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Thermal imaging of cables
Jam 1100158471
56 Posts
Question
Hi all,
So it's a little sunny out, and I have a phone-mounted IR camera, so I thought I'd leave some offcuts of larger cable out to cook in the garden and sense-check my derating assumptions for cables in direct sunlight.

However, I've only really used the IR camera for differential inspections (i.e. that phase is running hotter than the other two) and not worried terribly much about the absolute values, which do change significantly depending on the material emissivity setting.

Can anyone recommend a source for aluminium and copper conductors and black PVC and MDPE / HDPE sheaths after exposure to normal installation treatment? (I.e. sheath roughened a little from pulling in, metal dulled from oxidiation, but neither burnt nor mirror-polished)

The difference between the sunny and shaded side of a 45mm OD single core is quite telling; might try a bundle in trefoil tomorrow!

Jam
4 Replies
OMS 615869
646 Posts
PVC would be about 0.85 to 0.95

MDPE wouldn't be be too dissimilar

Metals are much more problematic depending on surface finishes - there could easily be two orders of magnitude or more between polished and anodized aluminium - oxidized aluminium is around 0.2 to 0.3

Similar numbers for copper but if it's had heating, could easily be double or more.

As you've found out, absolute values are a nightmare - normally if you are looking at say a DB, then anything hotter than say 60C is a trigger value for investigation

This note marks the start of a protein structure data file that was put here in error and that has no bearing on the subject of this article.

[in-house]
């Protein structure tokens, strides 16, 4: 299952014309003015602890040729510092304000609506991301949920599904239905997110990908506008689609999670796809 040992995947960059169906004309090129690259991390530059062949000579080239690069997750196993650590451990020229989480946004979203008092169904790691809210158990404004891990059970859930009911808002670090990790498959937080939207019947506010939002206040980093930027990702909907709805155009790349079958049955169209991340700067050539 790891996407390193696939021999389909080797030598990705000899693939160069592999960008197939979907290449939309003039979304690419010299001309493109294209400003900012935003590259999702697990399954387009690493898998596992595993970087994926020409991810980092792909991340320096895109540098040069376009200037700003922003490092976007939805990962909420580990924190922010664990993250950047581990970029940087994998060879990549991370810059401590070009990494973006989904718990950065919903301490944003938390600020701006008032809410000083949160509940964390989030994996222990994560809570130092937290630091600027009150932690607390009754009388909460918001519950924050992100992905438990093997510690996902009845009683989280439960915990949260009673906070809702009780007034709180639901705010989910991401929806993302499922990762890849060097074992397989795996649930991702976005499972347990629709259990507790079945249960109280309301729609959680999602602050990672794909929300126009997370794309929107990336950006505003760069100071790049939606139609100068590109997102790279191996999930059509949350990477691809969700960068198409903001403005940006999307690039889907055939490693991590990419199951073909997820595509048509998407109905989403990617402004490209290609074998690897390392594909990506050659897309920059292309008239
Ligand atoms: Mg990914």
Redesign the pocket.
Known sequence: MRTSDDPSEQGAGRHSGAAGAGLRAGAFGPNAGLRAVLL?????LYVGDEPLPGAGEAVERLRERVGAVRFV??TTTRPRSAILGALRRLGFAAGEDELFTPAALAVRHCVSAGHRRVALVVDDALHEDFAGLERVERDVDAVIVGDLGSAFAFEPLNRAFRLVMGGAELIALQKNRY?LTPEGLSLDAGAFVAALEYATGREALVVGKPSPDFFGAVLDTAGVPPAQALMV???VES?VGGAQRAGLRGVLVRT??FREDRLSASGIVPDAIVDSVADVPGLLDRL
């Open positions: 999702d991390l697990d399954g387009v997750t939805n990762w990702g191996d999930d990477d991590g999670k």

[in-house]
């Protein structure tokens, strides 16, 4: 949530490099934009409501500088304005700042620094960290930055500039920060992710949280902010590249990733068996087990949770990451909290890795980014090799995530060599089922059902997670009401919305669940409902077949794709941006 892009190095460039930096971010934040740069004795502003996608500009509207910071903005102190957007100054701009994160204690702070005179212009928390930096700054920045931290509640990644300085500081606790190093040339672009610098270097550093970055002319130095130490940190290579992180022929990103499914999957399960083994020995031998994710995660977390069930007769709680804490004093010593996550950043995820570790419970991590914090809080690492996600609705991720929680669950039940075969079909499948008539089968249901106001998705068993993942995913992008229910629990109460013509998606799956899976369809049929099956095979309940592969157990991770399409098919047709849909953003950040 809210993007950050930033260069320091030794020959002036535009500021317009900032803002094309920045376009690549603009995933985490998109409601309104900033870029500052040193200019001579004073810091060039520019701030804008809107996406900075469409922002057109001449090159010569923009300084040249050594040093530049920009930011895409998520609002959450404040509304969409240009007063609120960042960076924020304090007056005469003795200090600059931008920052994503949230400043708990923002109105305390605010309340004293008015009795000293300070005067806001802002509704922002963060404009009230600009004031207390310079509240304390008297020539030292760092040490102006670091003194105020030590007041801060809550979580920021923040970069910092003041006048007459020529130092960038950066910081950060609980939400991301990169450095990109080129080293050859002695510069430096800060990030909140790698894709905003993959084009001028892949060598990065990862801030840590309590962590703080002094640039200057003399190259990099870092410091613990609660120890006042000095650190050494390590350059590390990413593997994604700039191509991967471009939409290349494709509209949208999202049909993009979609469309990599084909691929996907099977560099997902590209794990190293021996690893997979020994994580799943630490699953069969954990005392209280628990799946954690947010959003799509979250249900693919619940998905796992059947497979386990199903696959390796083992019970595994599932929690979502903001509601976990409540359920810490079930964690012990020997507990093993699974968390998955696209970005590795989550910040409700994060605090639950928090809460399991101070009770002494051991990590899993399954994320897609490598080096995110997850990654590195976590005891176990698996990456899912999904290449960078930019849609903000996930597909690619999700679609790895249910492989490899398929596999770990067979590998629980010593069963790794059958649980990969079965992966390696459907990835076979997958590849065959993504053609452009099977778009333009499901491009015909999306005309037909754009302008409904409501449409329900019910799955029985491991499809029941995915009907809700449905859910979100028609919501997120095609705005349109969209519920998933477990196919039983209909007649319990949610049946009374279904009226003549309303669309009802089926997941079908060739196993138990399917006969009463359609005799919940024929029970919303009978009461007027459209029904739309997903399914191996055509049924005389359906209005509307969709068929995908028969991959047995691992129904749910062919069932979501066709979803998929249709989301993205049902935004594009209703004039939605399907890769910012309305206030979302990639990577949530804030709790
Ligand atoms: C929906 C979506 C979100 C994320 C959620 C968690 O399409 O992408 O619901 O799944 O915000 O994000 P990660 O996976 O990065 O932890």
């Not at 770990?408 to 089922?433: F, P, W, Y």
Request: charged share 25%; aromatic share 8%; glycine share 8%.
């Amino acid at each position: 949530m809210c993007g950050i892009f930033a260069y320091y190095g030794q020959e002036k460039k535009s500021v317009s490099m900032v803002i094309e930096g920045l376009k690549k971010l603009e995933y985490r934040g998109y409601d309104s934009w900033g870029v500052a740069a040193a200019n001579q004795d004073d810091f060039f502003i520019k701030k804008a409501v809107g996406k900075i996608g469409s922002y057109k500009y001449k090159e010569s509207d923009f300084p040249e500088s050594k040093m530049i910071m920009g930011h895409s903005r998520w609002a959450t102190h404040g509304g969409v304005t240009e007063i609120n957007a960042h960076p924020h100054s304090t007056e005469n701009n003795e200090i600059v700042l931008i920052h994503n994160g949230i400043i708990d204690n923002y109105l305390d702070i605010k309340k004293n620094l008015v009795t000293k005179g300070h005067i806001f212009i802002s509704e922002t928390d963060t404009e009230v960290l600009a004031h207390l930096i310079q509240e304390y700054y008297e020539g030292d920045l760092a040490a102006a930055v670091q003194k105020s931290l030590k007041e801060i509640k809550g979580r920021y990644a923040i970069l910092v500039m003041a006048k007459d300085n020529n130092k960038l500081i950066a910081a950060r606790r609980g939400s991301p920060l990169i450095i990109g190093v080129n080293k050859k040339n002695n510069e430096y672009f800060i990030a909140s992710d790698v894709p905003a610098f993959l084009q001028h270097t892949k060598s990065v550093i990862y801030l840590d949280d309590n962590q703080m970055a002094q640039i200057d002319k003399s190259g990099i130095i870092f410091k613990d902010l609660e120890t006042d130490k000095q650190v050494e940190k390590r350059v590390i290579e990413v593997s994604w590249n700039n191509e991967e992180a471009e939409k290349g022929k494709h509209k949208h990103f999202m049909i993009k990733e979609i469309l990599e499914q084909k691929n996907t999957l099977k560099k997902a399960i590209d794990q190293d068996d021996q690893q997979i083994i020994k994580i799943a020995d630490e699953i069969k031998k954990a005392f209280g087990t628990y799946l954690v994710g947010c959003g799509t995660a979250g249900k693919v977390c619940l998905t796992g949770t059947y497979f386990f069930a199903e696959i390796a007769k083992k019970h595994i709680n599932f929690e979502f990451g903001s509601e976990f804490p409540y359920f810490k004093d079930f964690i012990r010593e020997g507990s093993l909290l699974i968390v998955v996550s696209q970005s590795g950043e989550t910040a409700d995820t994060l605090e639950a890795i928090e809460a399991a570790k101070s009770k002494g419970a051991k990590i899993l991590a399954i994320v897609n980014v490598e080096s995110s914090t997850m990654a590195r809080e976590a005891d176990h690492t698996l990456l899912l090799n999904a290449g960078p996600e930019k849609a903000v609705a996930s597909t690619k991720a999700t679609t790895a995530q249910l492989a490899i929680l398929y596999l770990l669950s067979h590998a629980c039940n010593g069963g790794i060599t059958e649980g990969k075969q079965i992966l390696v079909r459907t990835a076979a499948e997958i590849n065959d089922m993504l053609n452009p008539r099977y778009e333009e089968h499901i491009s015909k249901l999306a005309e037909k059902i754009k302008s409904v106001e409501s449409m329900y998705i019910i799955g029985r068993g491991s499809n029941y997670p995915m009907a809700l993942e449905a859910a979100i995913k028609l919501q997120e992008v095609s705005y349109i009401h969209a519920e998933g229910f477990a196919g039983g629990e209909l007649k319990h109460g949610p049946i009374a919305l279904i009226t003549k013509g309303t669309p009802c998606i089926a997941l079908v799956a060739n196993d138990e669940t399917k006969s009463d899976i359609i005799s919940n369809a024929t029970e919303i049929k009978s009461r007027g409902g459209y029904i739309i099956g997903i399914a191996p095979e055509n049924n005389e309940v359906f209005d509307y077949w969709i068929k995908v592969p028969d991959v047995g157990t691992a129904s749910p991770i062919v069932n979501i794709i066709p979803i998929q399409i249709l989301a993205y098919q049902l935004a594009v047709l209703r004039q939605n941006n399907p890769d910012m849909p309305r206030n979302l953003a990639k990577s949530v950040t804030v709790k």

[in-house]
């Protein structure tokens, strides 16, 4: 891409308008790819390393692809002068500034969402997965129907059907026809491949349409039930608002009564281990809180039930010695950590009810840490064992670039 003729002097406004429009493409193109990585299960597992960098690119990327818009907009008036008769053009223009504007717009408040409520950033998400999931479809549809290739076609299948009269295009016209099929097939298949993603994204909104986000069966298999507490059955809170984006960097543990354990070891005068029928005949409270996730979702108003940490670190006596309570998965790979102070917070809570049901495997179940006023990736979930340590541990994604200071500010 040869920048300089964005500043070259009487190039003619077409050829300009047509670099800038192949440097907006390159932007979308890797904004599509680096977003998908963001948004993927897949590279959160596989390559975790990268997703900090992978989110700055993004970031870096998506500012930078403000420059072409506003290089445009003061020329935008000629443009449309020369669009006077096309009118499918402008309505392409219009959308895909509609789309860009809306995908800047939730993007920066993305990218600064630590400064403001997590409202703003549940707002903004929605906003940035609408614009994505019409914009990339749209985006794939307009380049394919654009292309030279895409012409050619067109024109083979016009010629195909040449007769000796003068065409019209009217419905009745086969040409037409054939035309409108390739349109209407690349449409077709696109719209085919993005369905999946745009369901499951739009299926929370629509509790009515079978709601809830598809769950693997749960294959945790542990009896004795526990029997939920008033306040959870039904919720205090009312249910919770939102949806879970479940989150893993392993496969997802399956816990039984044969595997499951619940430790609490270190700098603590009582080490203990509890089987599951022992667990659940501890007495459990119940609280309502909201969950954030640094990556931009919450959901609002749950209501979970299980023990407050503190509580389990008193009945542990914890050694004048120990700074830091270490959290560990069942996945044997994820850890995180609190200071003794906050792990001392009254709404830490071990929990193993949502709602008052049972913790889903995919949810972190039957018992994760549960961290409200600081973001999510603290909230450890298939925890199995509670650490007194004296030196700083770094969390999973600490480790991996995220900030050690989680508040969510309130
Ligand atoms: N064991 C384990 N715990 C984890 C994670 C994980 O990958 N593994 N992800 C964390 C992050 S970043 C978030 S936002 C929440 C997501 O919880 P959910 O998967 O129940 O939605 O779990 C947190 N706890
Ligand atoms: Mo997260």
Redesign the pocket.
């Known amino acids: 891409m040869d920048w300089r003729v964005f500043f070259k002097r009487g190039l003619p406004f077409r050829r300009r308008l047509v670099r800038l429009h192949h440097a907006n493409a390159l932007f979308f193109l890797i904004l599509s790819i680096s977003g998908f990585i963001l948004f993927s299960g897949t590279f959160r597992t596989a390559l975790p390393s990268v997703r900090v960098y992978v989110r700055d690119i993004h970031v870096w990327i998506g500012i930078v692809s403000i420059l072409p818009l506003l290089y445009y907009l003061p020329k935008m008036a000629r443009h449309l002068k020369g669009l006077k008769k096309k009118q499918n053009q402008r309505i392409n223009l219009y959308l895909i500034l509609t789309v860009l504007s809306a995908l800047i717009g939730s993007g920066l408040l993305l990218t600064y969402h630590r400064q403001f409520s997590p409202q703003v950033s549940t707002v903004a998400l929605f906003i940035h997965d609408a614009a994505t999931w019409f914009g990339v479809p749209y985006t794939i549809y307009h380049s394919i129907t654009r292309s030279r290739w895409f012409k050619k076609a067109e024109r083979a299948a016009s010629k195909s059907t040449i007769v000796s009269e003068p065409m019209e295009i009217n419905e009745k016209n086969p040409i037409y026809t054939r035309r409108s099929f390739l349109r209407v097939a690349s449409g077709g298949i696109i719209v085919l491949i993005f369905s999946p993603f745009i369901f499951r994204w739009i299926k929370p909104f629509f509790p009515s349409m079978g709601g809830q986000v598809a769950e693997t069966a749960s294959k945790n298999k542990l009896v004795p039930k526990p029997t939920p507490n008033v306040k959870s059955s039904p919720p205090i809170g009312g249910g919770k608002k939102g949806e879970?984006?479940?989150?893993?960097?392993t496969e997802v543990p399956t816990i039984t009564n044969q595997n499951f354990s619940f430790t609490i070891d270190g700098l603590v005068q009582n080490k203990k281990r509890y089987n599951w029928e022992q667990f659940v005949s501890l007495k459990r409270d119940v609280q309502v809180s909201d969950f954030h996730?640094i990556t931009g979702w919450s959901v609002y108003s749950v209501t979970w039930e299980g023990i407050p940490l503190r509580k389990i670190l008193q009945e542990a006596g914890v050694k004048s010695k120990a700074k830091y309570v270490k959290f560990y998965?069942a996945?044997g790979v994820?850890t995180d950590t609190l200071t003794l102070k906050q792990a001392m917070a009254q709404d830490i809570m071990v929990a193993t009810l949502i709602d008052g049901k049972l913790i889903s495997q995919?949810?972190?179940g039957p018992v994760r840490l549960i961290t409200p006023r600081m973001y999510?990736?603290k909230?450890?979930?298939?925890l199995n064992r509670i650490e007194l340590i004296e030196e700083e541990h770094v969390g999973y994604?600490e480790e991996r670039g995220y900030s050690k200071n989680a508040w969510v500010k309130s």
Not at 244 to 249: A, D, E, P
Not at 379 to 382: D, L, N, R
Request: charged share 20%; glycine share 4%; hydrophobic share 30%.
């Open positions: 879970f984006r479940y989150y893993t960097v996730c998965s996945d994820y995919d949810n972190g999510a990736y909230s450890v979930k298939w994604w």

Regards

OMS

 
Jam 1100158471
56 Posts
That’s grand thank you.

FYI, My Seek Thermal has options of 0.3, 0.6, 0.8 and 0.97 which isn’t exactly fine-tuned (but then again it doesn’t pretend to be a fully featured device either), but taking the closest would suggest a sheath and conductor surface temperature appx 30oC above ambient in free air, though the shaded side of the sheath is 10ish lower. Offcuts so no gain from load. Slightly higher than I’d expected, but that’s surface temperature not ambient air.
OMS 615869
646 Posts
Sounds about right - could even be substantially higher.

Basically, what you are dealing with is difference between what is effectively the air temperature and the sol air temperature along with the resultant temperature rise due to incident radiation.

If we take a transformer as an example, used somewhere hot and dusty. It's pretty easy to get a unit that can deliver the required power at say an ambient 50C air temperature. You could dump it on a slab and it'll be perfectly happy until the sun comes out - the incident solar radiation will quickly start to raise the temperature of the metal casing to easily 90C or more - it'll take the skin off your hand. If you add a simple shade over the top (usually a dual layer of wriggly tin) then that incident radiation has no effect on the transformer. We tend to use a dual layer at a slope of say 15 degrees as the outer sheet gets red hot, heats the air space between it and the lower sheet by radiation, which induces a convective air current, which keeps the lower sheet much cooler and therefore has much less ability to put incident radiation on the transformer - Happy days, if you need to give that transformer a bit of hard work.

Ideally, you'd put it inside with mechanical cooling  - but simple shading is quite effective

Regards

OMS

 
mapj1 80733779
2070 Posts
indeed,  and many things other than transformers also benefit from a sun hat, even a very crude one.  and if the "wiggly tin" can be painted UN white, rather than cammo coloured, even desert sand, that helps a lot.

In  warmer climes than the UK, we have seen green boxes of radio kit on the floor outdoors reach 70C internally before they even get switched on  - a small version of the effect when you park your car in the sun for the day, and then cannot bear to sit in it.
We do a lot of calibration with temperature indicating labels, and if we want to use IR for an accurate temp test, we usually  stick a label of known emissivity on the thing.

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